"There is a naive belief that by performing a dual-energy CT exam, one can create a virtual noncontrast set of images, thereby omitting the true noncontrast scan phase and eliminating one phase of a multiphase exam (thereby reducing the dose of the exam as a whole)," wrote Cynthia McCollough, PhD, in an email. "However ... the image quality of the virtual no-contrast scan is not the same as the true noncontrast exam."
Previously, the image quality of virtual noncontrast images was so low that significant dose savings weren't really possible, but that is starting to change.
"With increased spectral separation, the virtual noncontrast images are much closer to true noncontrast, and one can potentially reduce exam dose by up to 40%," she explained.
The study aimed to determine the dose efficiency of virtual noncontrast imaging from various kV combinations in dual-energy (DE) CT if it were to replace the true noncontrast scan. The group also wanted to select the optimal kV combination for different patient attenuation levels.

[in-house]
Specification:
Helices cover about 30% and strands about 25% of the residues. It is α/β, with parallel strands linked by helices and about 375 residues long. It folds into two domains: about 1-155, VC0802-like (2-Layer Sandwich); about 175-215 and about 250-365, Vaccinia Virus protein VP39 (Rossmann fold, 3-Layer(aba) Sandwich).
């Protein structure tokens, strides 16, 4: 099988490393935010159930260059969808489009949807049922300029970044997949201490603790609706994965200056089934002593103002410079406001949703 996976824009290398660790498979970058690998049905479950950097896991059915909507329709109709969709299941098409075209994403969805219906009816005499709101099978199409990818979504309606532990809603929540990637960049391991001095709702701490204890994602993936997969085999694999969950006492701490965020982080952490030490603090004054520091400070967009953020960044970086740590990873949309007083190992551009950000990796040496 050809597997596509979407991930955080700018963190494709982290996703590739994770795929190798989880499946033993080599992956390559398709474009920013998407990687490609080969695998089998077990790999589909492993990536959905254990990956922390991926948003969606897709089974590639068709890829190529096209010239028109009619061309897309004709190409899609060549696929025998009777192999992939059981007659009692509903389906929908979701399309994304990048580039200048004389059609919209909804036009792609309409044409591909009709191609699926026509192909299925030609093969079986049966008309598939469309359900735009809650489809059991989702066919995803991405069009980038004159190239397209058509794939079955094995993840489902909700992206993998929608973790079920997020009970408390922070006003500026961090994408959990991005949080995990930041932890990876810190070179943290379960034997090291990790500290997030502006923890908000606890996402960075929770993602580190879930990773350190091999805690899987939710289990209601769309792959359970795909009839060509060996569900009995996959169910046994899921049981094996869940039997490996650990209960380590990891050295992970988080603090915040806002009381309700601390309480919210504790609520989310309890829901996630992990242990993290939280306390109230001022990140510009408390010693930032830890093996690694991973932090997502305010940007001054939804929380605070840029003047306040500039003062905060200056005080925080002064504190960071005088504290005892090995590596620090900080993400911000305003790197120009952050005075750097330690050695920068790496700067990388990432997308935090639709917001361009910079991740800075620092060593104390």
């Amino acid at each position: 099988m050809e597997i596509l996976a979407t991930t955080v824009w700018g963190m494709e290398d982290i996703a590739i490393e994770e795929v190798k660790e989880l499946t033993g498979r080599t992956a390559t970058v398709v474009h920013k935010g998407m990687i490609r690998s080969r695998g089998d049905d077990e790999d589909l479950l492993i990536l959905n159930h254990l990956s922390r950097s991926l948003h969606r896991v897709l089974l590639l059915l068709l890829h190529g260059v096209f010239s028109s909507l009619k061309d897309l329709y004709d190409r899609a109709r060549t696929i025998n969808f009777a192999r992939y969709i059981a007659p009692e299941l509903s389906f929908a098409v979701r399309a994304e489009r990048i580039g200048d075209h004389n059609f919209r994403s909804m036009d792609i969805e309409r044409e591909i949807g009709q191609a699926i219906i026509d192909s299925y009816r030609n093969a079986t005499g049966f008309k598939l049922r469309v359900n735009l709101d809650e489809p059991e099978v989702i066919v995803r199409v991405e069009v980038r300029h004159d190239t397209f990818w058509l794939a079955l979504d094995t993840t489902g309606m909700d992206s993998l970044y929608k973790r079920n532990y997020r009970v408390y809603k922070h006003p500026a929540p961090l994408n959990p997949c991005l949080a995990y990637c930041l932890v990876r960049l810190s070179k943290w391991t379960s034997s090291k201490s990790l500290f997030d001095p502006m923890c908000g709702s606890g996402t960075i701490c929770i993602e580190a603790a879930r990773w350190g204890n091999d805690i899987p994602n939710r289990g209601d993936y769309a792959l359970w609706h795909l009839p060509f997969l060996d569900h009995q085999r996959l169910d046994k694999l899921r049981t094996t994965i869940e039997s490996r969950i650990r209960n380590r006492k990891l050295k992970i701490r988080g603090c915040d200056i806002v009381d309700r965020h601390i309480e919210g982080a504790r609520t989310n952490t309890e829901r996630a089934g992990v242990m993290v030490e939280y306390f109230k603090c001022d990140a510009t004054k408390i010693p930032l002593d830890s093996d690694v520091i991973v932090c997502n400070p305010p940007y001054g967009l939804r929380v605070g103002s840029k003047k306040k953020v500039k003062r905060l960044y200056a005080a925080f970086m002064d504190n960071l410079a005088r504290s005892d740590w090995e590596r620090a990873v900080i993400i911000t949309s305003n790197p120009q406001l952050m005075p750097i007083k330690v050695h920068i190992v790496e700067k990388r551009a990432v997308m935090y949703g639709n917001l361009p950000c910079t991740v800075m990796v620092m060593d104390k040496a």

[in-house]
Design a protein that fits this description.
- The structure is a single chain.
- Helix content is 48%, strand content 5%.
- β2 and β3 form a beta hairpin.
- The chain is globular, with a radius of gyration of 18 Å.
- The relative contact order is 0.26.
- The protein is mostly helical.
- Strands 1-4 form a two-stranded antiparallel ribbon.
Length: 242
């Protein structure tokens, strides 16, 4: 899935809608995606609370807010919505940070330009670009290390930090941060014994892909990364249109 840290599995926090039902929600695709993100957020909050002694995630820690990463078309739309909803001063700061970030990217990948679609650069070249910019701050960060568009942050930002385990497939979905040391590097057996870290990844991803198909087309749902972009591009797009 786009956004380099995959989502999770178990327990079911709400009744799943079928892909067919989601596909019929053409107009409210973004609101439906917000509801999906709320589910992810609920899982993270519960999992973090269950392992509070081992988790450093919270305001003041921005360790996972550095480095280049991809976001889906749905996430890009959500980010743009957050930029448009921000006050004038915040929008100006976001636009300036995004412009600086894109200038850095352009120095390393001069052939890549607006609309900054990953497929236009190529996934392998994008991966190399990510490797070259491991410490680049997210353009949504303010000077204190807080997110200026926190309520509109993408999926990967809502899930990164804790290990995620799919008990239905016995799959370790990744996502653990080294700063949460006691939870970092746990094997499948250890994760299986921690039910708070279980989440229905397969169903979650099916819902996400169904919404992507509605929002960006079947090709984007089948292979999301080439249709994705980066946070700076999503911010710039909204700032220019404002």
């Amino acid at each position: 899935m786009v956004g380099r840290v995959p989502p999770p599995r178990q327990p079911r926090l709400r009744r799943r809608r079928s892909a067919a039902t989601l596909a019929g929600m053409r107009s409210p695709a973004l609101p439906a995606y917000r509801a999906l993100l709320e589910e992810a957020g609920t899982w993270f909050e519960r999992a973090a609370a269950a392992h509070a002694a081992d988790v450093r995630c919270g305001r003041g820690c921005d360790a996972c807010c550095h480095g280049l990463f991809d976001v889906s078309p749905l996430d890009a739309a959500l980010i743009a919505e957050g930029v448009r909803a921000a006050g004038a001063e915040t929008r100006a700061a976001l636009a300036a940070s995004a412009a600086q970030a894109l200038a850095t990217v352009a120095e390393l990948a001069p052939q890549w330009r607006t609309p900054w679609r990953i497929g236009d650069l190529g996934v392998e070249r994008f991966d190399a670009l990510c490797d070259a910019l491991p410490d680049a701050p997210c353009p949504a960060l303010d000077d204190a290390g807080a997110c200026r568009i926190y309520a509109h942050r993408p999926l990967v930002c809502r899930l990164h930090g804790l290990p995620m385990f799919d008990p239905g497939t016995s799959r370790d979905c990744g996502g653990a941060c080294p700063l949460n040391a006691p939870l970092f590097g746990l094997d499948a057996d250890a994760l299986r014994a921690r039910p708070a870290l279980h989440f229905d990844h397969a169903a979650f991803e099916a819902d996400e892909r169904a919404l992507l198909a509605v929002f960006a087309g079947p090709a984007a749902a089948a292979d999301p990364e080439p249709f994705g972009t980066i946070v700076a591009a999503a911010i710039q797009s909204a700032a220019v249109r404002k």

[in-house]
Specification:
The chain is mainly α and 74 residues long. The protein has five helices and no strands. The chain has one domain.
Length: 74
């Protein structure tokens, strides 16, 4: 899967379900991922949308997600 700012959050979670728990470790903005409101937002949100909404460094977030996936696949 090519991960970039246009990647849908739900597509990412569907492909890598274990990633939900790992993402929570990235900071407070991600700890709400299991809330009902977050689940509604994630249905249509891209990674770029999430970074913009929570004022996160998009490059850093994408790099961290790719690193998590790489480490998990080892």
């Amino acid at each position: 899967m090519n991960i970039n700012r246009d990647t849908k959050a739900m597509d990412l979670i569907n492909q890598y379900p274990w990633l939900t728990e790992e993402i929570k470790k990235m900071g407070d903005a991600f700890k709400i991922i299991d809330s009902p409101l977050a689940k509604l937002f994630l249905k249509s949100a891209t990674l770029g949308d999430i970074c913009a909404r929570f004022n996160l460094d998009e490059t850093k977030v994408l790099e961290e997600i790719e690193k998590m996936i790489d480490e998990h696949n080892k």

To determine the optimal dual-energy kV combination used for each phantom size, the noise power spectrum at each lower kV was measured and compared with a reference single-energy 120-kV scan, and artifacts caused by photon starvation, if any, were also analyzed.
The optimal DE kV combination was determined for different phantom sizes. The dose reduction achievable by virtual noncontrast images was found to increase with greater separation of the spectra between low- and high-kV x-ray beams.
For example, with a 25-cm phantom for which all kV are applicable, the dose reductions ranged from 10% to about 40%. This presentation will discuss dose reductions for all phantom sizes.